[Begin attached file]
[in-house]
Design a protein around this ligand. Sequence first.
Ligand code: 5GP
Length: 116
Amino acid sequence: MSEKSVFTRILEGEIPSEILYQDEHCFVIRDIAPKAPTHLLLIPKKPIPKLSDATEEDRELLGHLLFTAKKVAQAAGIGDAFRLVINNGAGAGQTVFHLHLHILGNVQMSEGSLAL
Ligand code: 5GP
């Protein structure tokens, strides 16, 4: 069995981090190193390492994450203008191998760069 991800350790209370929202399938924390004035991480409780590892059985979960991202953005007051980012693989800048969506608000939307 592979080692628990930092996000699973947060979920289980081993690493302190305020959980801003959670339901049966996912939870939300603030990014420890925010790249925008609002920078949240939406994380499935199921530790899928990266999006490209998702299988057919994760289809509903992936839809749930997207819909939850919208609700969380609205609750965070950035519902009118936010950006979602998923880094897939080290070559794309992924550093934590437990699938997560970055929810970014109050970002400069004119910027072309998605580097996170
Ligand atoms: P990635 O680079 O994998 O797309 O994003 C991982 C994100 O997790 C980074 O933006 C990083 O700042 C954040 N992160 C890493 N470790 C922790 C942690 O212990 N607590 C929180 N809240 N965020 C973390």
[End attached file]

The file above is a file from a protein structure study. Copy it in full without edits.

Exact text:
[in-house]
Design a protein around this ligand. Sequence first.
Ligand code: 5GP
Length: 116
Amino acid sequence: MSEKSVFTRILEGEIPSEILYQDEHCFVIRDIAPKAPTHLLLIPKKPIPKLSDATEEDRELLGHLLFTAKKVAQAAGIGDAFRLVINNGAGAGQTVFHLHLHILGNVQMSEGSLAL
Ligand code: 5GP
């Protein structure tokens, strides 16, 4: 069995981090190193390492994450203008191998760069 991800350790209370929202399938924390004035991480409780590892059985979960991202953005007051980012693989800048969506608000939307 592979080692628990930092996000699973947060979920289980081993690493302190305020959980801003959670339901049966996912939870939300603030990014420890925010790249925008609002920078949240939406994380499935199921530790899928990266999006490209998702299988057919994760289809509903992936839809749930997207819909939850919208609700969380609205609750965070950035519902009118936010950006979602998923880094897939080290070559794309992924550093934590437990699938997560970055929810970014109050970002400069004119910027072309998605580097996170
Ligand atoms: P990635 O680079 O994998 O797309 O994003 C991982 C994100 O997790 C980074 O933006 C990083 O700042 C954040 N992160 C890493 N470790 C922790 C942690 O212990 N607590 C929180 N809240 N965020 C973390």